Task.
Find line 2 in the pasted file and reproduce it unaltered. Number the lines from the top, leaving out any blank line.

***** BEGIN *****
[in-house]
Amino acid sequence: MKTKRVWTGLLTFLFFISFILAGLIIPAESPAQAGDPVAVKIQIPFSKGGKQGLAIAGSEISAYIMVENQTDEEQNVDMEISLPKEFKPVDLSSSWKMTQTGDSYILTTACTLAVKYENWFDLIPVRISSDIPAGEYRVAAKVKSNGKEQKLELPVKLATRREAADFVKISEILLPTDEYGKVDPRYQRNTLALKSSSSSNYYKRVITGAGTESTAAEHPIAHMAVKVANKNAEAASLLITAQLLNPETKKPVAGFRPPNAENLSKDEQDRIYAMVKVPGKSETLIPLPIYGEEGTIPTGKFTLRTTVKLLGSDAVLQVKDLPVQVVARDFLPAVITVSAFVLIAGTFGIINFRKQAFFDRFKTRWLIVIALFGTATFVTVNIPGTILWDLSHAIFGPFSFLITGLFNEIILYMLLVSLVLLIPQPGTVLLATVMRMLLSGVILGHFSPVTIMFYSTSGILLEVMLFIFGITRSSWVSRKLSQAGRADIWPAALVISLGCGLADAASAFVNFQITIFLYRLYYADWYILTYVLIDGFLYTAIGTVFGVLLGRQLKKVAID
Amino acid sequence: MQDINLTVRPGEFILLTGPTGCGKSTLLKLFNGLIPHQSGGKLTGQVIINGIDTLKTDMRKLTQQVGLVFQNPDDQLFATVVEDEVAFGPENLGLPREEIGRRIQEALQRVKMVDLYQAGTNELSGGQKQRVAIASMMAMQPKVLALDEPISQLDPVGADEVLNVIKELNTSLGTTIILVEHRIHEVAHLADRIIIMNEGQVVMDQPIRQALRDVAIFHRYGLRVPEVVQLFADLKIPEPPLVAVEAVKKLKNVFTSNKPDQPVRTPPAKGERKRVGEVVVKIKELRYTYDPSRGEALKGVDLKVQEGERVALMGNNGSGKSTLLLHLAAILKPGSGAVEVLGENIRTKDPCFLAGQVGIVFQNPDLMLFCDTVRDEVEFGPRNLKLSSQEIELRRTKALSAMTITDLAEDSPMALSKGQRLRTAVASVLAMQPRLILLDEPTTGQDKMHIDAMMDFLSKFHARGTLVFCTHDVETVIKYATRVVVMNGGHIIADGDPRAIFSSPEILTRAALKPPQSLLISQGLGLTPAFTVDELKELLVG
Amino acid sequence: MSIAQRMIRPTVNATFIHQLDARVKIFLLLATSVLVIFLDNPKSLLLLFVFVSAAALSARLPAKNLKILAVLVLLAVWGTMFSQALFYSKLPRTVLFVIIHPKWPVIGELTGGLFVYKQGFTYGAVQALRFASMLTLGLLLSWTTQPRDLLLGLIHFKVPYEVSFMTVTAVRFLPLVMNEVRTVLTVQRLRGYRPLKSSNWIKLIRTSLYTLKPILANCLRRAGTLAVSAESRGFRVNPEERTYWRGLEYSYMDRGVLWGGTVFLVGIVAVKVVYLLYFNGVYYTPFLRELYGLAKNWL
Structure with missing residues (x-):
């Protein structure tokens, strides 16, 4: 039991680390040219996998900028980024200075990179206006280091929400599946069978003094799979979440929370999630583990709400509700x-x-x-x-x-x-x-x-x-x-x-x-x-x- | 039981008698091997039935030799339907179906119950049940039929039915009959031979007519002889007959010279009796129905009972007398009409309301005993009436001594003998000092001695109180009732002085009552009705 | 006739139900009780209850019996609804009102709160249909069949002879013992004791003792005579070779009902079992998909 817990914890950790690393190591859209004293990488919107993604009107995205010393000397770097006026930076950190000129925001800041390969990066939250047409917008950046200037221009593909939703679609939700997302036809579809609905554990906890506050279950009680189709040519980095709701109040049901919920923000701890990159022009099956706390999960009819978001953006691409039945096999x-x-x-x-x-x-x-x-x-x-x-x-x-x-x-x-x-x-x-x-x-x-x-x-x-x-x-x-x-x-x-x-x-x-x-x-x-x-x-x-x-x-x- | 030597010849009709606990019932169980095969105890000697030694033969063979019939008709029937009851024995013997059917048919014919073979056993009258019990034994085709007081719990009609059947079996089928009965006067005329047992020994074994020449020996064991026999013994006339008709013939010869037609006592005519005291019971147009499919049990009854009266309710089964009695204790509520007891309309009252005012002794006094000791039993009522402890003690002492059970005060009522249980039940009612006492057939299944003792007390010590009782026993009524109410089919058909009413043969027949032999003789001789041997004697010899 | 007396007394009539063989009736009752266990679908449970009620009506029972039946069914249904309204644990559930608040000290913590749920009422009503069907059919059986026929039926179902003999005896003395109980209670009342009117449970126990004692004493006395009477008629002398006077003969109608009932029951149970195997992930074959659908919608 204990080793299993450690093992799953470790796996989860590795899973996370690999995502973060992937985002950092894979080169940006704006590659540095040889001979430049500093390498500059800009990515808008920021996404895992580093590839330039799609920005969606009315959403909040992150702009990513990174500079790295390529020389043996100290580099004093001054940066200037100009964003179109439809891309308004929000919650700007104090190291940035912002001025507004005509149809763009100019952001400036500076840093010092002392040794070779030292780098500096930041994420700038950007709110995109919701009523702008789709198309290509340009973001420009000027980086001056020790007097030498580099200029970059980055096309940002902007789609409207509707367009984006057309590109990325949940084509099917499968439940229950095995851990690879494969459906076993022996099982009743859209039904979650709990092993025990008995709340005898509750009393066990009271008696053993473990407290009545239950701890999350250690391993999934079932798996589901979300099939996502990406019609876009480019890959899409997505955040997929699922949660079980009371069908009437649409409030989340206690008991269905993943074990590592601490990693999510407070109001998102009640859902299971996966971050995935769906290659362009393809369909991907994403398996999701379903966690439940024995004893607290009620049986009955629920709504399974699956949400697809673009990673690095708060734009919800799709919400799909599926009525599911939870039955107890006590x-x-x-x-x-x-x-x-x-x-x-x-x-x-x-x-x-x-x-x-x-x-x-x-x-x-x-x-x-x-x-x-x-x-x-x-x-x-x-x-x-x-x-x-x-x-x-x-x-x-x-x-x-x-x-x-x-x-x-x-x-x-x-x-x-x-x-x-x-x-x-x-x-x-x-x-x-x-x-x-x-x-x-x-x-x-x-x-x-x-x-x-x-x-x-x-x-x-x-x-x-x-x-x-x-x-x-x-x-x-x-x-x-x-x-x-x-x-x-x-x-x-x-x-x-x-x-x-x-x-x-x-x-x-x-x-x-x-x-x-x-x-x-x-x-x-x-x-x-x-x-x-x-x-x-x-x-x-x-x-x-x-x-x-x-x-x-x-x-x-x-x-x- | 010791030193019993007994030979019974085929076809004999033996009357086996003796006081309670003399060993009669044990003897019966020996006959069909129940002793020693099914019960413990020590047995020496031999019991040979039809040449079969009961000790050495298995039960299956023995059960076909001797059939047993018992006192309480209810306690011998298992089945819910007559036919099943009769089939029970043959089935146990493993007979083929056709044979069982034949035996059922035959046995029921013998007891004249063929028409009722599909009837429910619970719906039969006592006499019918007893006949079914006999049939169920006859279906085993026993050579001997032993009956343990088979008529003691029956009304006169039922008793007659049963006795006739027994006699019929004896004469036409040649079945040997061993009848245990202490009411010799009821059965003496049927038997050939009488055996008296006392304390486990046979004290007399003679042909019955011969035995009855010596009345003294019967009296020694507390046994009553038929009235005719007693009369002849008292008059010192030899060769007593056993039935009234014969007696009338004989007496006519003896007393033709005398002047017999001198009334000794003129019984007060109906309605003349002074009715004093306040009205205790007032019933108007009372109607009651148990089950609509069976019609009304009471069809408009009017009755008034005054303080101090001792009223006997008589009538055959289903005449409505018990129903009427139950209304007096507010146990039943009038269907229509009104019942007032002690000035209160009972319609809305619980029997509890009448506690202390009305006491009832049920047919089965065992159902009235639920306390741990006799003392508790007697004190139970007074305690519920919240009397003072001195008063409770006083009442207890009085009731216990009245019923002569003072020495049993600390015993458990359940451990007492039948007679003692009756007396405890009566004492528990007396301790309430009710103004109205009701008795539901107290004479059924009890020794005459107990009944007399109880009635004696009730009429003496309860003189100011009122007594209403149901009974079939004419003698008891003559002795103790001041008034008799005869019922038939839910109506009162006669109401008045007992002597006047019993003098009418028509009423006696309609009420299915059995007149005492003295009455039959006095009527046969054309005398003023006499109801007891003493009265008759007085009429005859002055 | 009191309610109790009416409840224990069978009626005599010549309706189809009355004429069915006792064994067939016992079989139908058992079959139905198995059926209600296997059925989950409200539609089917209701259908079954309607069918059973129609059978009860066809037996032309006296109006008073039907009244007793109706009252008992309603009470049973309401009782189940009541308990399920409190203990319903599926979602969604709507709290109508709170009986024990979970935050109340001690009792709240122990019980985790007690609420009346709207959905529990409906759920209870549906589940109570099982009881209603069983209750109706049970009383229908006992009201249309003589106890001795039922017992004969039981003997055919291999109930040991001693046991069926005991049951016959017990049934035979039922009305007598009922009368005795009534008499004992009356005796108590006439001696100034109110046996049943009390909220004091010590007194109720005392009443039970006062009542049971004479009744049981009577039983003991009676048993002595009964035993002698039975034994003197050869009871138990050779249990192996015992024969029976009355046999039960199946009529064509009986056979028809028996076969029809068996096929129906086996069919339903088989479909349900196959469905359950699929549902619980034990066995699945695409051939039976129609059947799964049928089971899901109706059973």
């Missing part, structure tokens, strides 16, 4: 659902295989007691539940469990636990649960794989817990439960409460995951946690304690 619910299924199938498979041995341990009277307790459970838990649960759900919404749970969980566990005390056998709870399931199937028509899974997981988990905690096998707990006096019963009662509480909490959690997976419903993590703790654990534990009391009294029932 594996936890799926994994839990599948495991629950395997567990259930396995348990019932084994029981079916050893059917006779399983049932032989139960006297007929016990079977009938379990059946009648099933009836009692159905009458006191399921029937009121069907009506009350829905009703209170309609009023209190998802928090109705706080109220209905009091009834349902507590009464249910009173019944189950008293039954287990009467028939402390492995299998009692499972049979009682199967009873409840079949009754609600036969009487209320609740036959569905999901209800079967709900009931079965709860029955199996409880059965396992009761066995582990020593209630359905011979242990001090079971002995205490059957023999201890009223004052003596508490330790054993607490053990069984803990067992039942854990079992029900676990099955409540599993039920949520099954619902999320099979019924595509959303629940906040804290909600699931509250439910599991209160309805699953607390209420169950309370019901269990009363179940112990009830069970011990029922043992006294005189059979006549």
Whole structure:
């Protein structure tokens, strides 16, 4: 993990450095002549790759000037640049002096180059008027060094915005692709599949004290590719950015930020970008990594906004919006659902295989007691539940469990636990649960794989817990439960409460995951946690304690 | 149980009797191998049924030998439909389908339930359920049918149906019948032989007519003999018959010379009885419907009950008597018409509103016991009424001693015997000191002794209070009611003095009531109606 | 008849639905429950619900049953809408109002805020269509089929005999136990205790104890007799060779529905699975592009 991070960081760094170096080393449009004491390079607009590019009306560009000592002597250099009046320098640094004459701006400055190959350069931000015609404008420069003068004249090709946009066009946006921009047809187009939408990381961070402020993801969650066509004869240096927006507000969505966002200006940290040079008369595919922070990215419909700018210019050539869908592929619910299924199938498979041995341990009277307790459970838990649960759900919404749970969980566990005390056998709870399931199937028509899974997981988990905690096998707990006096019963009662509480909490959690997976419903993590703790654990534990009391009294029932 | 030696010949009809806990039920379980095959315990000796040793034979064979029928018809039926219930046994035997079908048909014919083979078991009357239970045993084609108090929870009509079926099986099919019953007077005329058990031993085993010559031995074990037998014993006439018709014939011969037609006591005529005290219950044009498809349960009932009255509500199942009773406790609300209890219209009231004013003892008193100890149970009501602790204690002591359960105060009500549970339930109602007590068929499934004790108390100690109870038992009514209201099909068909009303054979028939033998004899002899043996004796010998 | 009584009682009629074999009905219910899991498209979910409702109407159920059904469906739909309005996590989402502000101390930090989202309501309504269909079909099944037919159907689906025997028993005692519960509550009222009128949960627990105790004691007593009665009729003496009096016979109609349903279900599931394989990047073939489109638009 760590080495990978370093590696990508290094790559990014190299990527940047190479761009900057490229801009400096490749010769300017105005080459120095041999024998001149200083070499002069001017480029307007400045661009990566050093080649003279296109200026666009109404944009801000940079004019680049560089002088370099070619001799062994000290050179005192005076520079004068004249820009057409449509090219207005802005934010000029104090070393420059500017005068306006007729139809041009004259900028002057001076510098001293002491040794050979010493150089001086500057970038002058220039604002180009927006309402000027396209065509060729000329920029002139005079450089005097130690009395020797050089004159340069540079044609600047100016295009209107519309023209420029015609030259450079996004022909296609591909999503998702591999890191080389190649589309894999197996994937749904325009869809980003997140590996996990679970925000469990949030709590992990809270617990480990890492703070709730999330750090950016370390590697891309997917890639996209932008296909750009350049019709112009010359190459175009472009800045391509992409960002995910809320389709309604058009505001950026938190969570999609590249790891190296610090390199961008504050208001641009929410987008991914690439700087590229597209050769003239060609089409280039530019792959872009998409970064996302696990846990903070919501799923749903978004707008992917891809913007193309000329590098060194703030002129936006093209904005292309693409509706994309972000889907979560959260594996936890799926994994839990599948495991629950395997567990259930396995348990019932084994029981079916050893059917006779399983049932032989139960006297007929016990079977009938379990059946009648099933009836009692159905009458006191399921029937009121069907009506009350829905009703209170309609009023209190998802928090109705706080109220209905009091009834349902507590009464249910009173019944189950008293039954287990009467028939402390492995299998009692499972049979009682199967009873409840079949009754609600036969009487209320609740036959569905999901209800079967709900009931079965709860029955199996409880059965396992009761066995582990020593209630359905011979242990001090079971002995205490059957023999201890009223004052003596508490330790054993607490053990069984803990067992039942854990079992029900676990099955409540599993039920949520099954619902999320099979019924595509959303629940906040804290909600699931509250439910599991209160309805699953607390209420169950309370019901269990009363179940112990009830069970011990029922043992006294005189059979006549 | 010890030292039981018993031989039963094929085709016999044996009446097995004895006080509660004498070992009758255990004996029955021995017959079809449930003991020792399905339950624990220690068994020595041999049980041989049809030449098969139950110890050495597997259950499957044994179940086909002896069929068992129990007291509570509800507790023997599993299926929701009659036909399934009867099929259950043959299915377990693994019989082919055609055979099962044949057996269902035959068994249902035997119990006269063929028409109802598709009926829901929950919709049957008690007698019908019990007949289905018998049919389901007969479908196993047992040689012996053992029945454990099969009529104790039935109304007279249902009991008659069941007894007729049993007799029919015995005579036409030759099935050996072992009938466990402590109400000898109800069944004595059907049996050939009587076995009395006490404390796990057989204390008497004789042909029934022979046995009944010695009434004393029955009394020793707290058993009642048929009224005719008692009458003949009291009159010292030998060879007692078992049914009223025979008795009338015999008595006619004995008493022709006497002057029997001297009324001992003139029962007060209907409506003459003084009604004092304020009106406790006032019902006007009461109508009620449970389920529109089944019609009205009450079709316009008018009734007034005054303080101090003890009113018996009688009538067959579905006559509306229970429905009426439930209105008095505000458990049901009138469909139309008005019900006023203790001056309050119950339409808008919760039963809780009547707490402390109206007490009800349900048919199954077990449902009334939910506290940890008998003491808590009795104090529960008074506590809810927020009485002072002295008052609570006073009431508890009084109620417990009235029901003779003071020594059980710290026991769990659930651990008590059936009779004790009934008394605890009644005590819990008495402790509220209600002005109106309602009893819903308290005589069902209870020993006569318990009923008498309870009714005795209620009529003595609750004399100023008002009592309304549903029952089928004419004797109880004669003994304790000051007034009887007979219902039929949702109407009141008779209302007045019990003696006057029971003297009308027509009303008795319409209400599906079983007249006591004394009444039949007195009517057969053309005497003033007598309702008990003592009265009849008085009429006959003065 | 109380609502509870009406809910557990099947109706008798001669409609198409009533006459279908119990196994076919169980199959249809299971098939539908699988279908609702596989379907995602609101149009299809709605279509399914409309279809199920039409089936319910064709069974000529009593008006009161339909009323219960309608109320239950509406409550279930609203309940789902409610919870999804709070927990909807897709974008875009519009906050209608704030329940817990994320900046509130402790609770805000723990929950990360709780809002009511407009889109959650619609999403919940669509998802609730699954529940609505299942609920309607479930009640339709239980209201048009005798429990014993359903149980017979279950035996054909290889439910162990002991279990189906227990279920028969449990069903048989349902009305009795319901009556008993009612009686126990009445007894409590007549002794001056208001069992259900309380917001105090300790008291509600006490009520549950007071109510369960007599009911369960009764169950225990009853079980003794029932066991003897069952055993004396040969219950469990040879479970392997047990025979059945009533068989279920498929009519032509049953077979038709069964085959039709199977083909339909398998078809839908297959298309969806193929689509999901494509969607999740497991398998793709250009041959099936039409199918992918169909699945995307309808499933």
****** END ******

Amino acid sequence: MKTKRVWTGLLTFLFFISFILAGLIIPAESPAQAGDPVAVKIQIPFSKGGKQGLAIAGSEISAYIMVENQTDEEQNVDMEISLPKEFKPVDLSSSWKMTQTGDSYILTTACTLAVKYENWFDLIPVRISSDIPAGEYRVAAKVKSNGKEQKLELPVKLATRREAADFVKISEILLPTDEYGKVDPRYQRNTLALKSSSSSNYYKRVITGAGTESTAAEHPIAHMAVKVANKNAEAASLLITAQLLNPETKKPVAGFRPPNAENLSKDEQDRIYAMVKVPGKSETLIPLPIYGEEGTIPTGKFTLRTTVKLLGSDAVLQVKDLPVQVVARDFLPAVITVSAFVLIAGTFGIINFRKQAFFDRFKTRWLIVIALFGTATFVTVNIPGTILWDLSHAIFGPFSFLITGLFNEIILYMLLVSLVLLIPQPGTVLLATVMRMLLSGVILGHFSPVTIMFYSTSGILLEVMLFIFGITRSSWVSRKLSQAGRADIWPAALVISLGCGLADAASAFVNFQITIFLYRLYYADWYILTYVLIDGFLYTAIGTVFGVLLGRQLKKVAID